Half Dome and Upper Yosemite Fall with a lunar rainbow
Half Dome and Upper Yosemite Fall with a lunar rainbow


In Friday’s post on my other blog I described some of my experiences attempting to photograph lunar rainbows, but here are some tips for capturing your own moonbow images.

The moon will become full at 5:19 Wednesday morning, so Tuesday night will provide the brightest moonlight, and the best chance to photograph a lunar rainbow this month—if the weather cooperates. Unfortunately the forecast calls for rain. If the predictions are faulty, and some moonlight manages to break through the clouds, cool temperatures will probably limit the amount of spray on Upper Yosemite Fall, so Lower Yosemite Fall may work better. For the upper fall, you might be better off waiting for the next full moon on May 27th. For detailed information on times and places to photograph lunar rainbows in Yosemite, see Don Olson’s site.

For those who aspire to capture lunar rainbows, here are some tips.


Any digital SLR will work, but full-frame sensors usually produce less noise and work better for the long exposures required at night. A sturdy tripod is essential, plus a locking cable release or electronic release. You’ll want a good flashlight or headlamp, a watch to time long exposures, and a cloth for wiping spray off the lens if you’re at the lower fall. Long exposures drain batteries quickly, so make sure your camera battery is fully charged—and your spare too.

Focus and Depth of Field

To make exposure times reasonably short, you’ll have to keep your aperture wide open, or close to it. That means you won’t get much depth of field, so try to exclude foregrounds from your compositions. This shallow depth of field makes focusing critical. It’s obviously difficult to focus manually in the dark, and autofocus won’t work either. In the past I’d just manually set the lens at infinity, but many lenses now focus past infinity, making the correct focusing point difficult to determine. The solution is to find something distant that’s bright enough to focus on, like the moon itself, car headlights, or perhaps a bright light that you place far away. Then focus on that bright spot, using either manual or autofocus. The most precise method is probably focusing manually during a zoomed-in look in live view. Once you’ve set the focus, turn autofocus off and don’t touch the focusing ring—leave the lens set at this distance for all your images. You might even tape the focusing ring so it doesn’t move.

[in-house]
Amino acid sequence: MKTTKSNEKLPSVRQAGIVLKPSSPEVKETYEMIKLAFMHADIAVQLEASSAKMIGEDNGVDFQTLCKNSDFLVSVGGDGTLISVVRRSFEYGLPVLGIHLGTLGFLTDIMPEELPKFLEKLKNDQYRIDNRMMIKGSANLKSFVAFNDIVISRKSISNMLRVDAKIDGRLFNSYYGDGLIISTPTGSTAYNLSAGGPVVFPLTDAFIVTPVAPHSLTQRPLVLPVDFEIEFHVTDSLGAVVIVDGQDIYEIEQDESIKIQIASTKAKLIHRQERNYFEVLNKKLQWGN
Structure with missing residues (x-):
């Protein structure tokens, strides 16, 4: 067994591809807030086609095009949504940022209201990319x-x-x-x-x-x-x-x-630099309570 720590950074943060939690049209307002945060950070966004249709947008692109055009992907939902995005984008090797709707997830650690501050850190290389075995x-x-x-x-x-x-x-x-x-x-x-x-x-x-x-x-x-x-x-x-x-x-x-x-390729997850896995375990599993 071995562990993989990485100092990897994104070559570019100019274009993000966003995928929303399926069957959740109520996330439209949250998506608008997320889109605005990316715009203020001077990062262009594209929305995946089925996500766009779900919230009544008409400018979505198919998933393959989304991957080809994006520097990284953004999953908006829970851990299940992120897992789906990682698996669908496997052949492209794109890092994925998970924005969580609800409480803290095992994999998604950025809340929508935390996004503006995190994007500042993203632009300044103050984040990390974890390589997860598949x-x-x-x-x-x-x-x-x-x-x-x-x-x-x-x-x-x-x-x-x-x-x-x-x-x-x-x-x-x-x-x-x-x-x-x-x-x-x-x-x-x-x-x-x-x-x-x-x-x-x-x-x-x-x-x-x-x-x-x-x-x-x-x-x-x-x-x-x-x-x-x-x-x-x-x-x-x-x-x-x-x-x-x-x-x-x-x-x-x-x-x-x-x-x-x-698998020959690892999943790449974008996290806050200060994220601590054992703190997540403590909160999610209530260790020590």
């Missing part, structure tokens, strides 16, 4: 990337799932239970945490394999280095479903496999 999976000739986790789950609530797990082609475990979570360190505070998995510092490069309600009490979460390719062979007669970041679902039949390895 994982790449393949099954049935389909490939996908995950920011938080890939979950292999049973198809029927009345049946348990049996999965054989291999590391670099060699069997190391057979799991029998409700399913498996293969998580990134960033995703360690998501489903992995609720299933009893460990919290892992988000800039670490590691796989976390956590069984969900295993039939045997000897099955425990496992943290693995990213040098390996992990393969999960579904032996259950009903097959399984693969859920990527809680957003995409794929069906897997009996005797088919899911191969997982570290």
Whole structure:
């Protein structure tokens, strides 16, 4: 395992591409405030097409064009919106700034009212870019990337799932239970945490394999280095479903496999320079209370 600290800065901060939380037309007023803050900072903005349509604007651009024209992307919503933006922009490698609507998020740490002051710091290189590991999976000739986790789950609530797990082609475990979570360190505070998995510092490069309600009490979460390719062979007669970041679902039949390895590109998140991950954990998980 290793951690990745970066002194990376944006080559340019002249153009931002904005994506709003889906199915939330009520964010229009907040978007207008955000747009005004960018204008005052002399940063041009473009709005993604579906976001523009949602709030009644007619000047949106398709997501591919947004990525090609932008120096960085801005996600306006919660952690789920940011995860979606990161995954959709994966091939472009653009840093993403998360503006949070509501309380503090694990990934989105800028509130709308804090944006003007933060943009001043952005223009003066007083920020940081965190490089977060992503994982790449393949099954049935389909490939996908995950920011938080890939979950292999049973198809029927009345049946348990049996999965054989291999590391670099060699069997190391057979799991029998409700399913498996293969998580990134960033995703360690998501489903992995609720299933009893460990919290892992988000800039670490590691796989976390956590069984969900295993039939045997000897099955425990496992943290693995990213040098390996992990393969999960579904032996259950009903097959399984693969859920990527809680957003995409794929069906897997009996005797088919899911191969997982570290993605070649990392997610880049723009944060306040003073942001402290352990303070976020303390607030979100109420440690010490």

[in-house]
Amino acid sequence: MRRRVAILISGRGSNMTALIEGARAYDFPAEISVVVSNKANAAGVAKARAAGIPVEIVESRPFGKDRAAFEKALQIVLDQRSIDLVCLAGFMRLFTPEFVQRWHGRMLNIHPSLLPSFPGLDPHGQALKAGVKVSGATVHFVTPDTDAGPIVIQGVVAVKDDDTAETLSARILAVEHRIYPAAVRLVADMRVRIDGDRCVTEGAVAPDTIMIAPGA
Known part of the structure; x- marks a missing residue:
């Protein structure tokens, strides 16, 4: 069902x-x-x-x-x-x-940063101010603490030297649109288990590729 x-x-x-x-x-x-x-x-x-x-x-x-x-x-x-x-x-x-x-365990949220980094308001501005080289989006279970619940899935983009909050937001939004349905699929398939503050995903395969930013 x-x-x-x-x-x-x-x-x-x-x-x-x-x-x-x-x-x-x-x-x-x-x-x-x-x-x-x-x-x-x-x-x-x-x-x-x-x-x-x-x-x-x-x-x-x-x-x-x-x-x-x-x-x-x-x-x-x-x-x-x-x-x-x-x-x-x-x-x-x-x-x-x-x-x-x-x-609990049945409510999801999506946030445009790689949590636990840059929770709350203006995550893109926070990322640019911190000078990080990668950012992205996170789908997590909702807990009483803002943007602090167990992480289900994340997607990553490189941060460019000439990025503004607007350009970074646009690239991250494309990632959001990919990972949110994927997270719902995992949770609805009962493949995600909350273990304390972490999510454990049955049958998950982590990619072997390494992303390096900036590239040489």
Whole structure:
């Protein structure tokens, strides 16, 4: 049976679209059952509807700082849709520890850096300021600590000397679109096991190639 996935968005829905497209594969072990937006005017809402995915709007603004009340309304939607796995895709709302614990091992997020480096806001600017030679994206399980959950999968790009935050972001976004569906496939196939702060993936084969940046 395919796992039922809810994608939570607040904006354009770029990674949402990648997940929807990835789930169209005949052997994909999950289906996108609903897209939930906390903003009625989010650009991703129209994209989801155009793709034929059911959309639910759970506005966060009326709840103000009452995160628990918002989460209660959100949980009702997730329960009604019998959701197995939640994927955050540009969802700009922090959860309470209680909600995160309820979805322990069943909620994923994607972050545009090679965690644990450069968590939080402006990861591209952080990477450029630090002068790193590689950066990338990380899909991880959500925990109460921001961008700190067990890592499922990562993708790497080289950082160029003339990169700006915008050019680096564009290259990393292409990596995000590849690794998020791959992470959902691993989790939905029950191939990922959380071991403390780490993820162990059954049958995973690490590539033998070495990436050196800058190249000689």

Pushing up the ISO will make your exposure times shorter, but you’ll get less noise with longer exposures at lower ISOs. You’ll get the least noise with your camera’s native ISO (100 for most cameras, 200 for some older Nikons). Since light meters don’t work under such low light levels, here are some recommended exposure times for a scene lit by a full or nearly-full moon. You’ll have to set the camera on Bulb and use a locking cable release.

ISO 100: 3 minutes at f/2.8; 6 minutes at f/4

ISO 200: 90 seconds at f/2.8; 3 minutes at f/4; 6 minutes at f/5.6

ISO 400: 45 seconds at f/2.8; 90 seconds at f/4; 3 minutes at f/5.6; 6 minutes at f/8